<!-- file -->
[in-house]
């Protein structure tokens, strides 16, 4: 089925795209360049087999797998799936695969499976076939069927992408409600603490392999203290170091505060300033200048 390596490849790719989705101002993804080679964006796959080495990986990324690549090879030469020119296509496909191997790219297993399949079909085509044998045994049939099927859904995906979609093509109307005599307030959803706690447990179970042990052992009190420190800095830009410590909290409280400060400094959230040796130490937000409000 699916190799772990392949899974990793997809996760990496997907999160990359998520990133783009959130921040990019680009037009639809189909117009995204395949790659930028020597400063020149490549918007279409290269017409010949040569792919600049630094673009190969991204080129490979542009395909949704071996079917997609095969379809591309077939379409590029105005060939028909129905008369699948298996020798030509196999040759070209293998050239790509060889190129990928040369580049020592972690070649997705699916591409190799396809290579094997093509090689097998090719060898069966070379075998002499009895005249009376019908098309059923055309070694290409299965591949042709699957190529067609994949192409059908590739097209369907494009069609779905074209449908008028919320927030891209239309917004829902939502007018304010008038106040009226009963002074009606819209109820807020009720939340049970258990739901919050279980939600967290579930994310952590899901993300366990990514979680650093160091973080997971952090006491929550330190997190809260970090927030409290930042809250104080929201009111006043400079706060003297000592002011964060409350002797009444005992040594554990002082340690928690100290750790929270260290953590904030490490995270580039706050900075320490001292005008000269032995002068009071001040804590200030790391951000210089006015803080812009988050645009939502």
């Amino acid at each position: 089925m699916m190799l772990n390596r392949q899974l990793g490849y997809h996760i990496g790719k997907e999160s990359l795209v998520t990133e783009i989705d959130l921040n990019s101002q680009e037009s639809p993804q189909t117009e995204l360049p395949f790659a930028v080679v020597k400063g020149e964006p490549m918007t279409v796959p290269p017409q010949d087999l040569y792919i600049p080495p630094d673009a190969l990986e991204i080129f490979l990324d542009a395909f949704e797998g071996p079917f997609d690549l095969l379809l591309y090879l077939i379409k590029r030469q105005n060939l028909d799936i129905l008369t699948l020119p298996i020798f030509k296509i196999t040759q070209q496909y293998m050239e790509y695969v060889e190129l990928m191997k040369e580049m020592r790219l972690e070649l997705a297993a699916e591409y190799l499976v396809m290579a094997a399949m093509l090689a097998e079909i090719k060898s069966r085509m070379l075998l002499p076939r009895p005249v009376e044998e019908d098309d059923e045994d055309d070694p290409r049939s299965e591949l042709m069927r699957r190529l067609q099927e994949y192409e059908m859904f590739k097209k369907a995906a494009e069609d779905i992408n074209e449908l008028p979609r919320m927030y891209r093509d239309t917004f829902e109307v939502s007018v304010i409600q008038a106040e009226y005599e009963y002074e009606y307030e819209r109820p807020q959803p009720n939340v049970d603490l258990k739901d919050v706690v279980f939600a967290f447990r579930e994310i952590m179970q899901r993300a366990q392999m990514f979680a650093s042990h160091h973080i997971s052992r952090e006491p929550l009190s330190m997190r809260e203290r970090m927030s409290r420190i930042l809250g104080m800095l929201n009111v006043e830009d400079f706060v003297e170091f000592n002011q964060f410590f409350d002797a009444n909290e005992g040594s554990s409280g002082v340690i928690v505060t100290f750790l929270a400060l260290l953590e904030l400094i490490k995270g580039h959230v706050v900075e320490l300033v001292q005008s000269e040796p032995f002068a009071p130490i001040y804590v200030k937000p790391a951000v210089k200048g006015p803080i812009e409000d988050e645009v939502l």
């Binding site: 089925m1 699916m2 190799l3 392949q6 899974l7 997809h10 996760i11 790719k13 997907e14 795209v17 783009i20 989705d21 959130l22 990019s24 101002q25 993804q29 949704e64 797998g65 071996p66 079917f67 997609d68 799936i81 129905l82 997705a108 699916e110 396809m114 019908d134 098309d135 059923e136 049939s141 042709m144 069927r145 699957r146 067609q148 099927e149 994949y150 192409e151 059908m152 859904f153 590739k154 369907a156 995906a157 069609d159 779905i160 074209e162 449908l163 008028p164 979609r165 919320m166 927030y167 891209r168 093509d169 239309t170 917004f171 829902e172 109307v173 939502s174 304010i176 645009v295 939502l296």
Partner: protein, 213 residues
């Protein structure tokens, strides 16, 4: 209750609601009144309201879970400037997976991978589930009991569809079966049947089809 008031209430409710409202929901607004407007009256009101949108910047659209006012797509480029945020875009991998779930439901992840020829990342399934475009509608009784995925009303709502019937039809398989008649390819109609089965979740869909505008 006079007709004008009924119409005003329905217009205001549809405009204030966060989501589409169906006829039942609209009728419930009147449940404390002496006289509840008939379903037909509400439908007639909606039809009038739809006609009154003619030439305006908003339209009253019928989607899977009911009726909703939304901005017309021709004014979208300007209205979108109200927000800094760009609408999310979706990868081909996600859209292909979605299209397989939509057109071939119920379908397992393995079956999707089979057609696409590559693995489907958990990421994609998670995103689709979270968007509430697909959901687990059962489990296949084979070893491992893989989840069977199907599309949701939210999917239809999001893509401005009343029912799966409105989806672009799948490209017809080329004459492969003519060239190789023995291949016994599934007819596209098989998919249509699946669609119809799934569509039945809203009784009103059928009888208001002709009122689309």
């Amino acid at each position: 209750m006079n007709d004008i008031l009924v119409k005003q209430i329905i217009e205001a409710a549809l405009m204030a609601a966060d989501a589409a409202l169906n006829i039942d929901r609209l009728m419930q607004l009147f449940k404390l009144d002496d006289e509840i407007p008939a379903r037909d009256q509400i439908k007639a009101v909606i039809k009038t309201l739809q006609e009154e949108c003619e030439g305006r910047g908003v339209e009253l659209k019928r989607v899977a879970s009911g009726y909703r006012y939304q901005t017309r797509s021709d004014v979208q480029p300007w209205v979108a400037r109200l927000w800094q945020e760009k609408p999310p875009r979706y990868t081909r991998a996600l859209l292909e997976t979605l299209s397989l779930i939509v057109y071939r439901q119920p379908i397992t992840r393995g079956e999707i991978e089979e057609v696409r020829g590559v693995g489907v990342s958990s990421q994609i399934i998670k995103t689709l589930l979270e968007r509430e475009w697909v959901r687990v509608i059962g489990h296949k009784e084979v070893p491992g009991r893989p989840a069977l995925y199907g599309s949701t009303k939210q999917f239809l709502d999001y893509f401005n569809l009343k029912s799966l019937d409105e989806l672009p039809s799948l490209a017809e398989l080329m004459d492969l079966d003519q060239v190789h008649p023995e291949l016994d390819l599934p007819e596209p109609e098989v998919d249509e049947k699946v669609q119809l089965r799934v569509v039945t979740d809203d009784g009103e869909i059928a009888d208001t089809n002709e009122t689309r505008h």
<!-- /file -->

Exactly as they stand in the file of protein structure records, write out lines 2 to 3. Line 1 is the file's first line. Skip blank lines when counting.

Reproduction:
């Protein structure tokens, strides 16, 4: 089925795209360049087999797998799936695969499976076939069927992408409600603490392999203290170091505060300033200048 390596490849790719989705101002993804080679964006796959080495990986990324690549090879030469020119296509496909191997790219297993399949079909085509044998045994049939099927859904995906979609093509109307005599307030959803706690447990179970042990052992009190420190800095830009410590909290409280400060400094959230040796130490937000409000 699916190799772990392949899974990793997809996760990496997907999160990359998520990133783009959130921040990019680009037009639809189909117009995204395949790659930028020597400063020149490549918007279409290269017409010949040569792919600049630094673009190969991204080129490979542009395909949704071996079917997609095969379809591309077939379409590029105005060939028909129905008369699948298996020798030509196999040759070209293998050239790509060889190129990928040369580049020592972690070649997705699916591409190799396809290579094997093509090689097998090719060898069966070379075998002499009895005249009376019908098309059923055309070694290409299965591949042709699957190529067609994949192409059908590739097209369907494009069609779905074209449908008028919320927030891209239309917004829902939502007018304010008038106040009226009963002074009606819209109820807020009720939340049970258990739901919050279980939600967290579930994310952590899901993300366990990514979680650093160091973080997971952090006491929550330190997190809260970090927030409290930042809250104080929201009111006043400079706060003297000592002011964060409350002797009444005992040594554990002082340690928690100290750790929270260290953590904030490490995270580039706050900075320490001292005008000269032995002068009071001040804590200030790391951000210089006015803080812009988050645009939502």
């Amino acid at each position: 089925m699916m190799l772990n390596r392949q899974l990793g490849y997809h996760i990496g790719k997907e999160s990359l795209v998520t990133e783009i989705d959130l921040n990019s101002q680009e037009s639809p993804q189909t117009e995204l360049p395949f790659a930028v080679v020597k400063g020149e964006p490549m918007t279409v796959p290269p017409q010949d087999l040569y792919i600049p080495p630094d673009a190969l990986e991204i080129f490979l990324d542009a395909f949704e797998g071996p079917f997609d690549l095969l379809l591309y090879l077939i379409k590029r030469q105005n060939l028909d799936i129905l008369t699948l020119p298996i020798f030509k296509i196999t040759q070209q496909y293998m050239e790509y695969v060889e190129l990928m191997k040369e580049m020592r790219l972690e070649l997705a297993a699916e591409y190799l499976v396809m290579a094997a399949m093509l090689a097998e079909i090719k060898s069966r085509m070379l075998l002499p076939r009895p005249v009376e044998e019908d098309d059923e045994d055309d070694p290409r049939s299965e591949l042709m069927r699957r190529l067609q099927e994949y192409e059908m859904f590739k097209k369907a995906a494009e069609d779905i992408n074209e449908l008028p979609r919320m927030y891209r093509d239309t917004f829902e109307v939502s007018v304010i409600q008038a106040e009226y005599e009963y002074e009606y307030e819209r109820p807020q959803p009720n939340v049970d603490l258990k739901d919050v706690v279980f939600a967290f447990r579930e994310i952590m179970q899901r993300a366990q392999m990514f979680a650093s042990h160091h973080i997971s052992r952090e006491p929550l009190s330190m997190r809260e203290r970090m927030s409290r420190i930042l809250g104080m800095l929201n009111v006043e830009d400079f706060v003297e170091f000592n002011q964060f410590f409350d002797a009444n909290e005992g040594s554990s409280g002082v340690i928690v505060t100290f750790l929270a400060l260290l953590e904030l400094i490490k995270g580039h959230v706050v900075e320490l300033v001292q005008s000269e040796p032995f002068a009071p130490i001040y804590v200030k937000p790391a951000v210089k200048g006015p803080i812009e409000d988050e645009v939502l």